Do Androids Dream of Electric Sheep?

Borders in the Anthropocene


  • Robert Horsfield N/A



Anthropocene, capitalism, migration, Nick Land, climate change, Science-Fiction


This article performs a close reading of the Philip K. Dick novel, Do Androids Dream of Electric Sheep? While developing the argument for an ‘ironic’ usage of the concept of the Anthropocene. This ironised conception is one that intends to countenance both the Anthropocene’s strength as a designation of human impact on the non-human and the important, valid critiques responding to the Anthropocene. Philip K Dick’s work, in particular Do Androids Dream of Electric Sheep? is a superb illustration of such an ironic dynamic because of the dual narrative structure present. For example, Do Androids Dream of Electric Sheep? raises questions about human identity that, while metaphysical, have great significance materially for the characters in the novel, and can be understood as a form of structural discrimination.  To demonstrate this ironic duality that should be brought to the Anthropocene, the article draws on Nick Land’s essay Kant, Capital, and the Prohibition of Incest: A Polemical Introduction to the Configuration of Philosophy and Modernity.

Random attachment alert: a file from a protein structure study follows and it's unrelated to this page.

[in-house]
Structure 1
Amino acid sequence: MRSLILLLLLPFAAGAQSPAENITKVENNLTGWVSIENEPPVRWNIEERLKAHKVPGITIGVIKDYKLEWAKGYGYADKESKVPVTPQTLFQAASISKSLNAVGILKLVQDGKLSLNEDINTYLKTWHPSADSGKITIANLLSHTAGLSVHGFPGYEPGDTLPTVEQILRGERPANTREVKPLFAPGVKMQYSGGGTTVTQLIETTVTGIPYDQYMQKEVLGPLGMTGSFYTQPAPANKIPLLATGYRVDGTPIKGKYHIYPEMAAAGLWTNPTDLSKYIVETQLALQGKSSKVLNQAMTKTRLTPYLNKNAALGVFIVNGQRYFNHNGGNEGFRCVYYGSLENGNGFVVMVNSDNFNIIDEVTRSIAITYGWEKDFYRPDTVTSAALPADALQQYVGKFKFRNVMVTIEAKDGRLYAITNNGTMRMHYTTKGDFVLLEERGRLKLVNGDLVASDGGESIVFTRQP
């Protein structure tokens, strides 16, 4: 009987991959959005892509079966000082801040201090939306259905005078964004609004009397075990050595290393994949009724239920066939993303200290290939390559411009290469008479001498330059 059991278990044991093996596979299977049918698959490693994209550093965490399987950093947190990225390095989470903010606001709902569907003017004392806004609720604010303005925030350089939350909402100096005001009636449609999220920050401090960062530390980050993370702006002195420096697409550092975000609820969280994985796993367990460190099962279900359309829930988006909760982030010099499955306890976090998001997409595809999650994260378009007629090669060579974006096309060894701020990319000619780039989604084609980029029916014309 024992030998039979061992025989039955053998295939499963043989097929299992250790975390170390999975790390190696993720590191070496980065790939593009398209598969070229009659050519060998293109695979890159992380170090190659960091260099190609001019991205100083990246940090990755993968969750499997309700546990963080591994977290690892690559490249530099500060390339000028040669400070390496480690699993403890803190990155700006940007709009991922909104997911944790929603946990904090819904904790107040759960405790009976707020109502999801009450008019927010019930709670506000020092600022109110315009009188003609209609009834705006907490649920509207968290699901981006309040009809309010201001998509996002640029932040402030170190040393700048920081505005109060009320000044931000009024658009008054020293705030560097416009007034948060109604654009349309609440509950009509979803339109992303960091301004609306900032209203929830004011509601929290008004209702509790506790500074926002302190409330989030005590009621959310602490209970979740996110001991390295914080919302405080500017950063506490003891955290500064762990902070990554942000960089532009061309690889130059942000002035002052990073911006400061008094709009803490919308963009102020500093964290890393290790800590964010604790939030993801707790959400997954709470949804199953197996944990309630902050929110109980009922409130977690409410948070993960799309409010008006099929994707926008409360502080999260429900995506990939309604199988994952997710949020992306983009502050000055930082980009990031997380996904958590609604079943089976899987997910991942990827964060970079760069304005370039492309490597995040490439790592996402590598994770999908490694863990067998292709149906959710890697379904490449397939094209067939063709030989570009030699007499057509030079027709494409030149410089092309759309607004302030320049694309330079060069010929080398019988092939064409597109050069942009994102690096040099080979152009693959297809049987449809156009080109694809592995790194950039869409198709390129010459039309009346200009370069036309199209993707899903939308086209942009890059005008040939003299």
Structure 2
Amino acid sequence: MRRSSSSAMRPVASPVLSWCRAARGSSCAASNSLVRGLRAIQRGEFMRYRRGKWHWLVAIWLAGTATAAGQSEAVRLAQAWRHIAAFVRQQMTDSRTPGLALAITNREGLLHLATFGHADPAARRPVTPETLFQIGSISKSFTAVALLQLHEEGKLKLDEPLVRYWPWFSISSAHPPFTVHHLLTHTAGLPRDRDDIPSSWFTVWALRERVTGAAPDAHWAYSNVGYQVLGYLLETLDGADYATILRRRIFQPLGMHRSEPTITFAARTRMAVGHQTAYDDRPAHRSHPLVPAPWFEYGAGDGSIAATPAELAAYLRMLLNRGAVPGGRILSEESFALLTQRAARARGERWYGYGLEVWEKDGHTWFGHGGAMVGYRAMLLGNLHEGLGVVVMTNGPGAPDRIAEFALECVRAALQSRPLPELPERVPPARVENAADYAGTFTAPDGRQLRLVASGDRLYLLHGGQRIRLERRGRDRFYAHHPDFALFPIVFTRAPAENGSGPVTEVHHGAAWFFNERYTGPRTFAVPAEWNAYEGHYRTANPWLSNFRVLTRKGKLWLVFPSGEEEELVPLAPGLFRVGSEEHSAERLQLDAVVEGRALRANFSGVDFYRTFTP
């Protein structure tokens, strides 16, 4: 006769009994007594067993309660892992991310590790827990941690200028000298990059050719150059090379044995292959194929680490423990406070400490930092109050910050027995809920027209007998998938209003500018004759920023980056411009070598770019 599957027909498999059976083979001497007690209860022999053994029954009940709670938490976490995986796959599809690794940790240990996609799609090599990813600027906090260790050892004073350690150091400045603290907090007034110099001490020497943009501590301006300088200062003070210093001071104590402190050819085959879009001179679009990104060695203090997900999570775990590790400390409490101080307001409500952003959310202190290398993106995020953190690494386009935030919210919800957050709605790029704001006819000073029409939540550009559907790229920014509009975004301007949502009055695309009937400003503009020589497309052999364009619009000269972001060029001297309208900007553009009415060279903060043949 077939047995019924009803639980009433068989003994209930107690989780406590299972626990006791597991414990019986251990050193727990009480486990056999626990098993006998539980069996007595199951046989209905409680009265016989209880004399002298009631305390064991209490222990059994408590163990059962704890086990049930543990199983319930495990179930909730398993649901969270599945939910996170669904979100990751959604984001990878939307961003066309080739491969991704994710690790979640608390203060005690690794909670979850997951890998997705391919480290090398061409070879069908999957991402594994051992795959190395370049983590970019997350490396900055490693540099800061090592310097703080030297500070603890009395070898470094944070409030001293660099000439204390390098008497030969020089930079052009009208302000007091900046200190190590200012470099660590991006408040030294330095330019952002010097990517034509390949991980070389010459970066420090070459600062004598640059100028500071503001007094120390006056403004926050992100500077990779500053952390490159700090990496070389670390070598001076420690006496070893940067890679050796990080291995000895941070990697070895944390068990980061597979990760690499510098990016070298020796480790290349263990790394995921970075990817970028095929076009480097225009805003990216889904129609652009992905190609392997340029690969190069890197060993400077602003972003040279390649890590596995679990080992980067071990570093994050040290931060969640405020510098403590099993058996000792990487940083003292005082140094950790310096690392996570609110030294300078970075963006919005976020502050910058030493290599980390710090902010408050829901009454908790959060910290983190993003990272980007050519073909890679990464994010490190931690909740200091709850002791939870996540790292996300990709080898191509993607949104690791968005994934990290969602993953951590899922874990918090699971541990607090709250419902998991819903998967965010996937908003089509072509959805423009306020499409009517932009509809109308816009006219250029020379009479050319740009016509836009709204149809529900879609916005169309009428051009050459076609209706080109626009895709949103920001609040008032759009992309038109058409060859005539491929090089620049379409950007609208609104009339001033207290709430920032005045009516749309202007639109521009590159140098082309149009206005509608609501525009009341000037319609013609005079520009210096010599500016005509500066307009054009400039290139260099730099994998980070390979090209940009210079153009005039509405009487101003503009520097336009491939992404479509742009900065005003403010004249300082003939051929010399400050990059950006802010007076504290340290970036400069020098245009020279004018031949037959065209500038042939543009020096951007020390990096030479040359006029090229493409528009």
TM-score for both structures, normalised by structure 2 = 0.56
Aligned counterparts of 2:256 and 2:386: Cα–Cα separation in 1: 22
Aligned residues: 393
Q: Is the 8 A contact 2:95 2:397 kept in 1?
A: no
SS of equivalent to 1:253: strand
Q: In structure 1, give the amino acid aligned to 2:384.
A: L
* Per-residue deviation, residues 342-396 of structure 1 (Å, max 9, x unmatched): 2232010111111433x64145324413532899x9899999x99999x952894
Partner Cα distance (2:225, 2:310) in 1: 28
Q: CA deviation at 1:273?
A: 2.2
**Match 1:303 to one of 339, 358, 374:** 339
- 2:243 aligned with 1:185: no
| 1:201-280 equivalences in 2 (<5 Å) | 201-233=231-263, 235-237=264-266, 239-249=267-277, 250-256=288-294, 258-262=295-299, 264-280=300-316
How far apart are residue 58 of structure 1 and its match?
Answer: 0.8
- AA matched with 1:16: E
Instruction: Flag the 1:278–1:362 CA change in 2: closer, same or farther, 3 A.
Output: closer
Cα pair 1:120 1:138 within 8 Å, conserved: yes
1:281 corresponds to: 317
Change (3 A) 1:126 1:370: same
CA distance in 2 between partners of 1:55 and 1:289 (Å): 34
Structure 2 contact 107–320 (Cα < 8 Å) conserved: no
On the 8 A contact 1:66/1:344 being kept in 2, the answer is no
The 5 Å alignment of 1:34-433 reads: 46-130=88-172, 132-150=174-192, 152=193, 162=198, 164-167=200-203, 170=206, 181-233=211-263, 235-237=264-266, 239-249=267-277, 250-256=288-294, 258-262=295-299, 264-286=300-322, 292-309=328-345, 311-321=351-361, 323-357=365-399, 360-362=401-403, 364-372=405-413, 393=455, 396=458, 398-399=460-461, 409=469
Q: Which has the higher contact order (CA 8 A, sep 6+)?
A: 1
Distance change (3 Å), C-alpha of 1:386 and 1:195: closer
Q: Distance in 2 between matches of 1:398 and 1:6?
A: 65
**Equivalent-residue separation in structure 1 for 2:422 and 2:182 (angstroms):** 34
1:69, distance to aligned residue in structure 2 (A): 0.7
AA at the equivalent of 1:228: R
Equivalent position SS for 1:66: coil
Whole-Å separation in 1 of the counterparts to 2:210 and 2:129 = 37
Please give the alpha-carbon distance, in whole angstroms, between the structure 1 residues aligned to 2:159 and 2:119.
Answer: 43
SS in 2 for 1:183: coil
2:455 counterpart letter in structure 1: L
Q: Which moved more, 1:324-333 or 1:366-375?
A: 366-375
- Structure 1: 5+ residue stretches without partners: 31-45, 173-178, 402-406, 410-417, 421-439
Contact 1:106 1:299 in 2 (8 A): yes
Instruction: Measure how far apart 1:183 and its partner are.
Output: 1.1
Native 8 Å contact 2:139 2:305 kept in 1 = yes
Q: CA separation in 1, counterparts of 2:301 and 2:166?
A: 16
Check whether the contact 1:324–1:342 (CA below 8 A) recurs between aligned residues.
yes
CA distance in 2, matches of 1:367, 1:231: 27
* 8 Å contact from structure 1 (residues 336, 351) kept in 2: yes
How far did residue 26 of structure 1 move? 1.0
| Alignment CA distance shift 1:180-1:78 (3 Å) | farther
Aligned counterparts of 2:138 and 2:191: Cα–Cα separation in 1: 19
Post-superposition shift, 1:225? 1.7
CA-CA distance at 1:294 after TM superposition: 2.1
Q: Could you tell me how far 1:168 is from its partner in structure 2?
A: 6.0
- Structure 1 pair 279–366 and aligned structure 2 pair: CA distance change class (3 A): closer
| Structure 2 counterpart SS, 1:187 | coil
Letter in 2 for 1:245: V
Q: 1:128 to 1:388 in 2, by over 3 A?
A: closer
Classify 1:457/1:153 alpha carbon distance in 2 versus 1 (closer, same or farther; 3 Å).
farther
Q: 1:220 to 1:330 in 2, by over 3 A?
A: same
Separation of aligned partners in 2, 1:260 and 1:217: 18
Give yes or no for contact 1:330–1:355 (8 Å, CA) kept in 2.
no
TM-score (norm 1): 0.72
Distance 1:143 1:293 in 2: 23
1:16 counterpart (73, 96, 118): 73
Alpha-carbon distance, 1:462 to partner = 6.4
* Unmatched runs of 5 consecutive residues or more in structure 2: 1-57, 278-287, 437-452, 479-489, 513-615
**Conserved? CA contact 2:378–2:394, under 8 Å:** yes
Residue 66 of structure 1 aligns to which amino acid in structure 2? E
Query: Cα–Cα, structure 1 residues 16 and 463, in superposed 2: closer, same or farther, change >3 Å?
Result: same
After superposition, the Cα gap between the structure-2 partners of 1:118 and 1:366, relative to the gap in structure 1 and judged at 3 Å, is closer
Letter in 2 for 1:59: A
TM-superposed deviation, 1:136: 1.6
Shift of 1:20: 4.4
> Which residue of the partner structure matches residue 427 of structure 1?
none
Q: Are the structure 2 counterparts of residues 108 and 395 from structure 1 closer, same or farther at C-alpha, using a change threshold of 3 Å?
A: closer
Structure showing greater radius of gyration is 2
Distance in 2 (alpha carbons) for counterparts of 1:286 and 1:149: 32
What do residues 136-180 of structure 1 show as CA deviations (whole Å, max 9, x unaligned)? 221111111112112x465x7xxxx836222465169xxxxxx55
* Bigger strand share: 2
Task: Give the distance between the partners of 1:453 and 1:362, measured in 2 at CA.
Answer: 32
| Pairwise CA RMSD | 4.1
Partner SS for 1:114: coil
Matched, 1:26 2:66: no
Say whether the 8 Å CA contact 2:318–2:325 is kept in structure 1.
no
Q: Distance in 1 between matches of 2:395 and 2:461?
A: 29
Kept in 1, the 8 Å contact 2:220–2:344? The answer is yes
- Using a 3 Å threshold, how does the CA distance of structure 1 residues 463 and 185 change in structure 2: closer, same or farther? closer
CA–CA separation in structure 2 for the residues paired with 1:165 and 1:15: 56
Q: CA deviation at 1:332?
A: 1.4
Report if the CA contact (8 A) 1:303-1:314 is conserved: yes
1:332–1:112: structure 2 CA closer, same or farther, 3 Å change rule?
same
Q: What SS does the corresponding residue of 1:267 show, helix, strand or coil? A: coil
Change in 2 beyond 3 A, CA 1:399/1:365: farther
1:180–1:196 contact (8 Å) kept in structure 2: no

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A sheep, looking directly at the camera, stood in a field.